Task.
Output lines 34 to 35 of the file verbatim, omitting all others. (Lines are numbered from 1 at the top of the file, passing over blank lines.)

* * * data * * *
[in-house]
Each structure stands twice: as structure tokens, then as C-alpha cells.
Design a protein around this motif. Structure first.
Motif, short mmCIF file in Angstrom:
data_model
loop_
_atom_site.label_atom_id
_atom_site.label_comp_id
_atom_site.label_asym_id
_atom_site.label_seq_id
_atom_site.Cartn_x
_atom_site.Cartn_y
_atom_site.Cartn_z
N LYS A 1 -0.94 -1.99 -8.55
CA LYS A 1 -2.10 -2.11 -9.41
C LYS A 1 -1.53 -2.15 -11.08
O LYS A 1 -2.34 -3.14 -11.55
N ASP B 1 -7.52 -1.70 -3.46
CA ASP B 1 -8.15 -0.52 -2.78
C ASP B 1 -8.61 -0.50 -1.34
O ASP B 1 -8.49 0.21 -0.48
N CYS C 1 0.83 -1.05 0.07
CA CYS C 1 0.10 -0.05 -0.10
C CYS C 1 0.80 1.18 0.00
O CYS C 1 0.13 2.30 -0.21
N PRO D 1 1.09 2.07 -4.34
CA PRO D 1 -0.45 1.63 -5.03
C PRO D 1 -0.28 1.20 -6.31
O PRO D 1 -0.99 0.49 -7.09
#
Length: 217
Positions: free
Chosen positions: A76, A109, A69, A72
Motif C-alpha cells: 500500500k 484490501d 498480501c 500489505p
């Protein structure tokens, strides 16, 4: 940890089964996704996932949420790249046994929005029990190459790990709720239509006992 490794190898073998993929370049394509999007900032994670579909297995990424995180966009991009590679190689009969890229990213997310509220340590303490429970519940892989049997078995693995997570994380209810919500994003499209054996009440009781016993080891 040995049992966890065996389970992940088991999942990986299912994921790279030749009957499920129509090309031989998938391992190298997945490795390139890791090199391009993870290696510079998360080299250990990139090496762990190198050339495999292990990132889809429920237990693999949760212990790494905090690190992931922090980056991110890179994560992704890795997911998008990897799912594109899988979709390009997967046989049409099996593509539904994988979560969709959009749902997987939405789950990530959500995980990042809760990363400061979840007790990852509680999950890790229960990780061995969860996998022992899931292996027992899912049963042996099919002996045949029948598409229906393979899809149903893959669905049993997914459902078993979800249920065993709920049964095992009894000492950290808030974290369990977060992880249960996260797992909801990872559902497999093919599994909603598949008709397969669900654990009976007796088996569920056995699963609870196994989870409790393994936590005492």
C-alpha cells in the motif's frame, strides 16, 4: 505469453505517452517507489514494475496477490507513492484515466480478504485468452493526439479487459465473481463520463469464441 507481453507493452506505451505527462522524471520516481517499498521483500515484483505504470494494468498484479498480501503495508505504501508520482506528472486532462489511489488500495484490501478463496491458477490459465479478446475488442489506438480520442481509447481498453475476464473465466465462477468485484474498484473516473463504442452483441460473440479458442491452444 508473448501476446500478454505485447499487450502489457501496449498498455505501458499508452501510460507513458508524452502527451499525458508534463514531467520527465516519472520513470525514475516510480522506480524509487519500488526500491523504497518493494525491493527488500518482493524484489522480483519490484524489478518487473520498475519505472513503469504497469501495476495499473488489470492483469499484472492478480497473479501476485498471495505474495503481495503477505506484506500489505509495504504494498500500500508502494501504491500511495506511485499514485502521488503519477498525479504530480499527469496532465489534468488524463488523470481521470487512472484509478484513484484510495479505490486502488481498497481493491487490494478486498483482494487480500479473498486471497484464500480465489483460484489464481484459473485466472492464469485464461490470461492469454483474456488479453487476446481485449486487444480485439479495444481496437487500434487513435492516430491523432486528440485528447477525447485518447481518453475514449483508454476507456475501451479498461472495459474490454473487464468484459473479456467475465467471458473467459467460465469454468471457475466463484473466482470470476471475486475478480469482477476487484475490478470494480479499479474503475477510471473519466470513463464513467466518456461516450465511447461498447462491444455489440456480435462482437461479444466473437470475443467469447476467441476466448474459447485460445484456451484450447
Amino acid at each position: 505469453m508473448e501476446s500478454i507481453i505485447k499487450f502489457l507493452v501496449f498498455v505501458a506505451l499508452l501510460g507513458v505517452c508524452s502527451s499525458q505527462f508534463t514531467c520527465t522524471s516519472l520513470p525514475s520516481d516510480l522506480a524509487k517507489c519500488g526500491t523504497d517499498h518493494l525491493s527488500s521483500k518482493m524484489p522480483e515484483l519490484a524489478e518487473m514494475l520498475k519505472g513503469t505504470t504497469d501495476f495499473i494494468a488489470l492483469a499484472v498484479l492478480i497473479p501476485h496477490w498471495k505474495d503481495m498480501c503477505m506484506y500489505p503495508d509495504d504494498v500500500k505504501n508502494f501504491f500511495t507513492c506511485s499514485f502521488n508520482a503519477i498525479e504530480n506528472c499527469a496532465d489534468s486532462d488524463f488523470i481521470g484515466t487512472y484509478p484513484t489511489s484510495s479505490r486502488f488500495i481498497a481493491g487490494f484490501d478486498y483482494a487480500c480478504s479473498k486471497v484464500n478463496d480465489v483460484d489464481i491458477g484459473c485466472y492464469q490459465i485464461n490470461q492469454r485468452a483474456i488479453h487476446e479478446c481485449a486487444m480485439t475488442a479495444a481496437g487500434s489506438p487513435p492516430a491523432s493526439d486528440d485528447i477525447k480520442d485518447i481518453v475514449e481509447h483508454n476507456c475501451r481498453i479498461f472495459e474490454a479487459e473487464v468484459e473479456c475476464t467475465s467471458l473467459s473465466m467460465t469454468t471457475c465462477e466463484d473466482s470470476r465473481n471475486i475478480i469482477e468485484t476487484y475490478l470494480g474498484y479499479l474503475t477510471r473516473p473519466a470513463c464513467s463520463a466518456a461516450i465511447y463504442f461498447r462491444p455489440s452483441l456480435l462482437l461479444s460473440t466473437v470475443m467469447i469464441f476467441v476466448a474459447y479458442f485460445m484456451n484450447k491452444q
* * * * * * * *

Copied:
Motif C-alpha cells: 500500500k 484490501d 498480501c 500489505p
């Protein structure tokens, strides 16, 4: 940890089964996704996932949420790249046994929005029990190459790990709720239509006992 490794190898073998993929370049394509999007900032994670579909297995990424995180966009991009590679190689009969890229990213997310509220340590303490429970519940892989049997078995693995997570994380209810919500994003499209054996009440009781016993080891 040995049992966890065996389970992940088991999942990986299912994921790279030749009957499920129509090309031989998938391992190298997945490795390139890791090199391009993870290696510079998360080299250990990139090496762990190198050339495999292990990132889809429920237990693999949760212990790494905090690190992931922090980056991110890179994560992704890795997911998008990897799912594109899988979709390009997967046989049409099996593509539904994988979560969709959009749902997987939405789950990530959500995980990042809760990363400061979840007790990852509680999950890790229960990780061995969860996998022992899931292996027992899912049963042996099919002996045949029948598409229906393979899809149903893959669905049993997914459902078993979800249920065993709920049964095992009894000492950290808030974290369990977060992880249960996260797992909801990872559902497999093919599994909603598949008709397969669900654990009976007796088996569920056995699963609870196994989870409790393994936590005492």